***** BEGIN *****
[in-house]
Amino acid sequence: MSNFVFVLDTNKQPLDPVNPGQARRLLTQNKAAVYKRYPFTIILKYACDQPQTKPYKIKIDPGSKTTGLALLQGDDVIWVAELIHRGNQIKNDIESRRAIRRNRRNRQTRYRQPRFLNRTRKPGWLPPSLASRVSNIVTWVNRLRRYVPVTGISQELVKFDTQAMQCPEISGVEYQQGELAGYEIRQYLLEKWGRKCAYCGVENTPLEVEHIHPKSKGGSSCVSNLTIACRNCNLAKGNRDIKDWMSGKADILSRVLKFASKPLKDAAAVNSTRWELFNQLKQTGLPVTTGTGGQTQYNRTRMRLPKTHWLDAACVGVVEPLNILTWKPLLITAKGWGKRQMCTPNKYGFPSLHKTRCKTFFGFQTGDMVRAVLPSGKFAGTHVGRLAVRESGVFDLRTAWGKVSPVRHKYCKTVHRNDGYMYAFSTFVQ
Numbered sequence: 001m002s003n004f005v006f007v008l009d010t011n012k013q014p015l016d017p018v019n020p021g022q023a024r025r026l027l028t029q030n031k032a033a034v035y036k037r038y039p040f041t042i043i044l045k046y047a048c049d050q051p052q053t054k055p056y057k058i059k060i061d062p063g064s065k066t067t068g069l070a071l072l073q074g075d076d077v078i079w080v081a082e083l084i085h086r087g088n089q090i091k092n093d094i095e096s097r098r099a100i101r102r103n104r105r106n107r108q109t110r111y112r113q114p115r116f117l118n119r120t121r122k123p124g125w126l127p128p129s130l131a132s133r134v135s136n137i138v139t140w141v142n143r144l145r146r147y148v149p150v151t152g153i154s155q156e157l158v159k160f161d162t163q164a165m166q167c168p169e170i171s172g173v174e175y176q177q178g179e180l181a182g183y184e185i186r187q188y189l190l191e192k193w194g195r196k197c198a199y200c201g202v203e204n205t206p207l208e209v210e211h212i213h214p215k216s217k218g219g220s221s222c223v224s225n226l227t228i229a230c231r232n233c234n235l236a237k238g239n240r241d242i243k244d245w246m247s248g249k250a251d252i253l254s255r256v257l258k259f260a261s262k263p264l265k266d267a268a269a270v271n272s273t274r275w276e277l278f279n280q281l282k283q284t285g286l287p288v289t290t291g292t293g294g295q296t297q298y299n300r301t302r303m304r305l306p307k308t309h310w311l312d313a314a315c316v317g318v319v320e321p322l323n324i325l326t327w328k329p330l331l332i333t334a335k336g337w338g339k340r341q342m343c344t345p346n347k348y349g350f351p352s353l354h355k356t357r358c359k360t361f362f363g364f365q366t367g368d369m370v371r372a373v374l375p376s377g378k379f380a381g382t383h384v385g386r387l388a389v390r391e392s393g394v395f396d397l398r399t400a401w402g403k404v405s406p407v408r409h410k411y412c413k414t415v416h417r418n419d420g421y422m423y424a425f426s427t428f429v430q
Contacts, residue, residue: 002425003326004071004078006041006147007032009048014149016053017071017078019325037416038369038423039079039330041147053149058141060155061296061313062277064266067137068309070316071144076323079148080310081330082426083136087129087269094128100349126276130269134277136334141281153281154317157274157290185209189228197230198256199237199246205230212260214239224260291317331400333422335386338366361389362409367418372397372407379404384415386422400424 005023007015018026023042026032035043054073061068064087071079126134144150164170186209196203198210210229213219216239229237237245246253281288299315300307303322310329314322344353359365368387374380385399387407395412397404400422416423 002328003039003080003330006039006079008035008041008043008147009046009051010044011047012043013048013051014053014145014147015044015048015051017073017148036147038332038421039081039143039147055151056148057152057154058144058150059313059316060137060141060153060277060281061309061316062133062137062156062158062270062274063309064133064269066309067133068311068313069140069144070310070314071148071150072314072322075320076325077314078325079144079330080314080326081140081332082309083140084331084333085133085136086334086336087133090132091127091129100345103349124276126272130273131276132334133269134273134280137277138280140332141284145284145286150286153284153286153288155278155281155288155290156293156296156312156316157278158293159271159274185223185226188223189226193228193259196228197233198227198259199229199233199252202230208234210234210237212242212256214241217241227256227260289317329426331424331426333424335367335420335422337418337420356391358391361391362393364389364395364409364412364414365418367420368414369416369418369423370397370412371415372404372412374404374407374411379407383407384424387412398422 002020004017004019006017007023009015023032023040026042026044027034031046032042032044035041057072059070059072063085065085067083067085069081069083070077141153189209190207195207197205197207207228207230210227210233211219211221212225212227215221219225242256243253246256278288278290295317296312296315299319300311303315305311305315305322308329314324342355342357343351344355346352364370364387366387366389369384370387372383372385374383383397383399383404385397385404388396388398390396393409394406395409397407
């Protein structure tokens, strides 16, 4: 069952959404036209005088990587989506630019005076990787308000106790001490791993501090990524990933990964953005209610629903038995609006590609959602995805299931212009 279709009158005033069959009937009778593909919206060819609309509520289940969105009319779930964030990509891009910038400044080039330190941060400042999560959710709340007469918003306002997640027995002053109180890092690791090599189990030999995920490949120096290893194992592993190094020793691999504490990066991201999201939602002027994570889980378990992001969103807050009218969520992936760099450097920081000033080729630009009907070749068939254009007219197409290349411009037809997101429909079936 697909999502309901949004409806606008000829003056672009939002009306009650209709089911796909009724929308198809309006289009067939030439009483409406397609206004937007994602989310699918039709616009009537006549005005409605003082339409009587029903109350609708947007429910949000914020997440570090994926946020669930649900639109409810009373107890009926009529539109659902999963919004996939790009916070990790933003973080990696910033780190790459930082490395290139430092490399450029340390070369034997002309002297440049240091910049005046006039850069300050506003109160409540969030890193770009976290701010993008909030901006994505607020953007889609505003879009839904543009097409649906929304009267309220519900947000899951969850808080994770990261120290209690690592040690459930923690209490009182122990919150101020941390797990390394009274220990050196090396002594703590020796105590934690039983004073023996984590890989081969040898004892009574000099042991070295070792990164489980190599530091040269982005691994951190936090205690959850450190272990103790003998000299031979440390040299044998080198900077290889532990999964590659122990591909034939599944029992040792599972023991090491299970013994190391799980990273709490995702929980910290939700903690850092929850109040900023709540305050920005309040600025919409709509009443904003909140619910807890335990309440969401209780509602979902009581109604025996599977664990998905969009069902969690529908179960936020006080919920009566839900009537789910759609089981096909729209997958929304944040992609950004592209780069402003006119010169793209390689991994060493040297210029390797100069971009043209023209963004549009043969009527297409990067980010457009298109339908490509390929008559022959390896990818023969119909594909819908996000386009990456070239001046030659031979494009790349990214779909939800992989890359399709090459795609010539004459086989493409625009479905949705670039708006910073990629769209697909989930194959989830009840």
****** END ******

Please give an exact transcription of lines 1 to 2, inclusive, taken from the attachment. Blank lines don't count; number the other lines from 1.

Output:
[in-house]
Amino acid sequence: MSNFVFVLDTNKQPLDPVNPGQARRLLTQNKAAVYKRYPFTIILKYACDQPQTKPYKIKIDPGSKTTGLALLQGDDVIWVAELIHRGNQIKNDIESRRAIRRNRRNRQTRYRQPRFLNRTRKPGWLPPSLASRVSNIVTWVNRLRRYVPVTGISQELVKFDTQAMQCPEISGVEYQQGELAGYEIRQYLLEKWGRKCAYCGVENTPLEVEHIHPKSKGGSSCVSNLTIACRNCNLAKGNRDIKDWMSGKADILSRVLKFASKPLKDAAAVNSTRWELFNQLKQTGLPVTTGTGGQTQYNRTRMRLPKTHWLDAACVGVVEPLNILTWKPLLITAKGWGKRQMCTPNKYGFPSLHKTRCKTFFGFQTGDMVRAVLPSGKFAGTHVGRLAVRESGVFDLRTAWGKVSPVRHKYCKTVHRNDGYMYAFSTFVQ